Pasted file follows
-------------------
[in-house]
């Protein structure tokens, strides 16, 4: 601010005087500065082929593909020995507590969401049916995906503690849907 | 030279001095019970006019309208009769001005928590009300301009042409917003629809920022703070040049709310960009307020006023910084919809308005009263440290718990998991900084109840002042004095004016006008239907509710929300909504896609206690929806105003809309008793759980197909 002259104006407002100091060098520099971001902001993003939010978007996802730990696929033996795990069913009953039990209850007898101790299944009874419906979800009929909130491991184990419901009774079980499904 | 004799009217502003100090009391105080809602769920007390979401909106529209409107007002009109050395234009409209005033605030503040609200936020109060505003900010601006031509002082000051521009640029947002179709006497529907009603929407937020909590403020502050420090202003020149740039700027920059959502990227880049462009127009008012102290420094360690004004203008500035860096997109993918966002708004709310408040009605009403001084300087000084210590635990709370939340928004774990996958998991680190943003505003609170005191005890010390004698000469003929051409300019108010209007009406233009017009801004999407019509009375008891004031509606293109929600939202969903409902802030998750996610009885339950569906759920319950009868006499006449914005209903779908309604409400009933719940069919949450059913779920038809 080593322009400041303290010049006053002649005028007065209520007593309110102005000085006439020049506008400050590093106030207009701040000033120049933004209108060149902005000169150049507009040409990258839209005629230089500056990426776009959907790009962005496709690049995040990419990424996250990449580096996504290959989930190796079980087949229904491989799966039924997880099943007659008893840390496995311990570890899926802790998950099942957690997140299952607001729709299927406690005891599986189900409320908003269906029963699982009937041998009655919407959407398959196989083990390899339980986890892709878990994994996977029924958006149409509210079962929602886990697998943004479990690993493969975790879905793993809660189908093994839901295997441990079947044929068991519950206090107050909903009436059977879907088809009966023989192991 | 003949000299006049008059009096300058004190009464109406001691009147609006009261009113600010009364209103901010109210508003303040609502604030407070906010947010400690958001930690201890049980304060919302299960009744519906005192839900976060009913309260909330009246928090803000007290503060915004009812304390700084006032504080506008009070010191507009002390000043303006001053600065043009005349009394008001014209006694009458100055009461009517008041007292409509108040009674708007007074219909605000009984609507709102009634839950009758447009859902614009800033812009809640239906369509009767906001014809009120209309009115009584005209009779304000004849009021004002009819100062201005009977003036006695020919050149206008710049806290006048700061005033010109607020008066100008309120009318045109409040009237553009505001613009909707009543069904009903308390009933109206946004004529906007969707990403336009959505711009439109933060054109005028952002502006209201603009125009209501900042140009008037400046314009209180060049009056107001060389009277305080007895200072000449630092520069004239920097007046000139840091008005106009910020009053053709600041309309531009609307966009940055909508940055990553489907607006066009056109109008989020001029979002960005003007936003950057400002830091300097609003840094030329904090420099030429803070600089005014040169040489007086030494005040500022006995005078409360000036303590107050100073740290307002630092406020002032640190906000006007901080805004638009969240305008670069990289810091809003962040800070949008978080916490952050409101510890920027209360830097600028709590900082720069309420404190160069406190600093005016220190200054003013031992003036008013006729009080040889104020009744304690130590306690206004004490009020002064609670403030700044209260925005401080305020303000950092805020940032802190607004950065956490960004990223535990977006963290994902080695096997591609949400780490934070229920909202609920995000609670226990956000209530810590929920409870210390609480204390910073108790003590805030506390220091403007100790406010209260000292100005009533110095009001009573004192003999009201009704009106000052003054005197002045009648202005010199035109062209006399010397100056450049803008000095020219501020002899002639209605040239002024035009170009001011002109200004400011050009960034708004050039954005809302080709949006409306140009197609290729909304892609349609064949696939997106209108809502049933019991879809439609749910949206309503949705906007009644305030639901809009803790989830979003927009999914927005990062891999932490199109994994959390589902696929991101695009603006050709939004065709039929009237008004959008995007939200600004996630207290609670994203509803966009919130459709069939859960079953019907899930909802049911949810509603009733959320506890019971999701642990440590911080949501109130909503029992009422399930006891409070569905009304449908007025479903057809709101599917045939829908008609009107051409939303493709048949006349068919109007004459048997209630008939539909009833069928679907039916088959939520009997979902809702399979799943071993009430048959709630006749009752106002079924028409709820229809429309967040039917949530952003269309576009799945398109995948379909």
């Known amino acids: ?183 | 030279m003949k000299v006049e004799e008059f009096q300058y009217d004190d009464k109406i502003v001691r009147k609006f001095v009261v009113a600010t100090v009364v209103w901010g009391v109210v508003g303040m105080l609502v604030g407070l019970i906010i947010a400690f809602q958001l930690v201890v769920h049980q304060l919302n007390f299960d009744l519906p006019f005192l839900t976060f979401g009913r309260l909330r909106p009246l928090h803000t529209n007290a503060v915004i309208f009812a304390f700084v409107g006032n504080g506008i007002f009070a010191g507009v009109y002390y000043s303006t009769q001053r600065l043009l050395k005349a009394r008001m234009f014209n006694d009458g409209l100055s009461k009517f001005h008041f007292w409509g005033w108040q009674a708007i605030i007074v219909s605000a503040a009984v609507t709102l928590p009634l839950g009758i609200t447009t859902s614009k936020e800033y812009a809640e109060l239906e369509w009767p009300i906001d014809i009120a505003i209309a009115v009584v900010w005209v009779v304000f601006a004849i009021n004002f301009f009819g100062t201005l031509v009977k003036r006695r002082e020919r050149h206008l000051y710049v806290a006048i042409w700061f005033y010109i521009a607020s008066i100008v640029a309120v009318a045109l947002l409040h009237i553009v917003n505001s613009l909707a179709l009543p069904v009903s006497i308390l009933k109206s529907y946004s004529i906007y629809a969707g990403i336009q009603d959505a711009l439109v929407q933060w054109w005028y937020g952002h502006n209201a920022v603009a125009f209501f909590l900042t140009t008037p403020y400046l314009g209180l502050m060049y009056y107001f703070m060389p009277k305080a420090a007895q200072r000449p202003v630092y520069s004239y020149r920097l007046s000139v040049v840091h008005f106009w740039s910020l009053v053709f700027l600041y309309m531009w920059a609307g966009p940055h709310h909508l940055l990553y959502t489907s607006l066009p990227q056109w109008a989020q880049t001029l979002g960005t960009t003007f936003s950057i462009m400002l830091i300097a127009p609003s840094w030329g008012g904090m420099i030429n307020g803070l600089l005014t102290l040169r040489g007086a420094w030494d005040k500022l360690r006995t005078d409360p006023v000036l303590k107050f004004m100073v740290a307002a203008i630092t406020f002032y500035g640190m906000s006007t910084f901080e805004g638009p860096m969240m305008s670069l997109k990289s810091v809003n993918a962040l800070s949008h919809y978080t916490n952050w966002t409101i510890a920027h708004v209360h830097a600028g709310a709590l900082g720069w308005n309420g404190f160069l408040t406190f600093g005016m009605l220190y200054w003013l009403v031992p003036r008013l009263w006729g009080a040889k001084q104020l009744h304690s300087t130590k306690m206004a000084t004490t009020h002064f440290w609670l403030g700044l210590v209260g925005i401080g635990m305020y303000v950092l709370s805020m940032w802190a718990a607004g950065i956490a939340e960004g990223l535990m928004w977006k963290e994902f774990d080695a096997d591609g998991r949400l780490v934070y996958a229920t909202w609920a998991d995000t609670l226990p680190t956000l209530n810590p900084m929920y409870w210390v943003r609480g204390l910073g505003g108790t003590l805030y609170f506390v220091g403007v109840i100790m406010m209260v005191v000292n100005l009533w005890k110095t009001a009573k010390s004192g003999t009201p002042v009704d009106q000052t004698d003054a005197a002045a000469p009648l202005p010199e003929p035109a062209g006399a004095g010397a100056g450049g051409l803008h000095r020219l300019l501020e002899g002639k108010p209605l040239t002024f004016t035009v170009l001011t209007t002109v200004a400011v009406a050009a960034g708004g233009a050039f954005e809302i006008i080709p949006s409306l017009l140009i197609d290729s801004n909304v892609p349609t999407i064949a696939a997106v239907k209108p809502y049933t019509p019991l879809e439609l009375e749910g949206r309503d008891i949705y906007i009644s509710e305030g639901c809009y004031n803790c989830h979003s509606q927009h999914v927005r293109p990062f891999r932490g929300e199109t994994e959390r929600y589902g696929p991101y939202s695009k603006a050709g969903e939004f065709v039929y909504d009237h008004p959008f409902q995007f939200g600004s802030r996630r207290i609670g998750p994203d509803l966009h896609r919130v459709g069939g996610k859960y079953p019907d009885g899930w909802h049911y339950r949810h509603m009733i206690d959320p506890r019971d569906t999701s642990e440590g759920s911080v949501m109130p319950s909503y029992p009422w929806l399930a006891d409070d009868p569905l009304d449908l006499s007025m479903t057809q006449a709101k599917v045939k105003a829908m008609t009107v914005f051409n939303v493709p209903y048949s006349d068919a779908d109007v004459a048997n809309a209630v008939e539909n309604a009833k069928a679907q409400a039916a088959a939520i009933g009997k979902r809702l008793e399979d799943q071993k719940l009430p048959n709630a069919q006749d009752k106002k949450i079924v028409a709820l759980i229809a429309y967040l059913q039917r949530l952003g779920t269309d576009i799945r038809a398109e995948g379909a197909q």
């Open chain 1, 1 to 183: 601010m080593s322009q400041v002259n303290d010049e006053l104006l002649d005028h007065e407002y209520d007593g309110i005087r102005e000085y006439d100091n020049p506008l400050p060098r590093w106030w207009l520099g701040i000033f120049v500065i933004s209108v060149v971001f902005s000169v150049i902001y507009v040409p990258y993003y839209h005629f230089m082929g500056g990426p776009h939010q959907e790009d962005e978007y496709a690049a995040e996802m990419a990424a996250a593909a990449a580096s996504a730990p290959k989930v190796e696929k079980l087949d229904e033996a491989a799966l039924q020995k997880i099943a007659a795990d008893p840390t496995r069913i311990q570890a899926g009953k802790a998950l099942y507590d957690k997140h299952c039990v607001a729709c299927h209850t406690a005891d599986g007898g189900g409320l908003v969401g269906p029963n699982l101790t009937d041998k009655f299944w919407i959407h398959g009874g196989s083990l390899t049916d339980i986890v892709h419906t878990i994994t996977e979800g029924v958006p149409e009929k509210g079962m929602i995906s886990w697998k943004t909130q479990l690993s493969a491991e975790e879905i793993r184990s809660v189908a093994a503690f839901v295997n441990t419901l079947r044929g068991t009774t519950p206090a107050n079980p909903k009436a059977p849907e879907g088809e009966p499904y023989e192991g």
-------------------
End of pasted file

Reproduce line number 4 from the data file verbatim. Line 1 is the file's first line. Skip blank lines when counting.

């Open chain 1, 1 to 183: 601010m080593s322009q400041v002259n303290d010049e006053l104006l002649d005028h007065e407002y209520d007593g309110i005087r102005e000085y006439d100091n020049p506008l400050p060098r590093w106030w207009l520099g701040i000033f120049v500065i933004s209108v060149v971001f902005s000169v150049i902001y507009v040409p990258y993003y839209h005629f230089m082929g500056g990426p776009h939010q959907e790009d962005e978007y496709a690049a995040e996802m990419a990424a996250a593909a990449a580096s996504a730990p290959k989930v190796e696929k079980l087949d229904e033996a491989a799966l039924q020995k997880i099943a007659a795990d008893p840390t496995r069913i311990q570890a899926g009953k802790a998950l099942y507590d957690k997140h299952c039990v607001a729709c299927h209850t406690a005891d599986g007898g189900g409320l908003v969401g269906p029963n699982l101790t009937d041998k009655f299944w919407i959407h398959g009874g196989s083990l390899t049916d339980i986890v892709h419906t878990i994994t996977e979800g029924v958006p149409e009929k509210g079962m929602i995906s886990w697998k943004t909130q479990l690993s493969a491991e975790e879905i793993r184990s809660v189908a093994a503690f839901v295997n441990t419901l079947r044929g068991t009774t519950p206090a107050n079980p909903k009436a059977p849907e879907g088809e009966p499904y023989e192991g």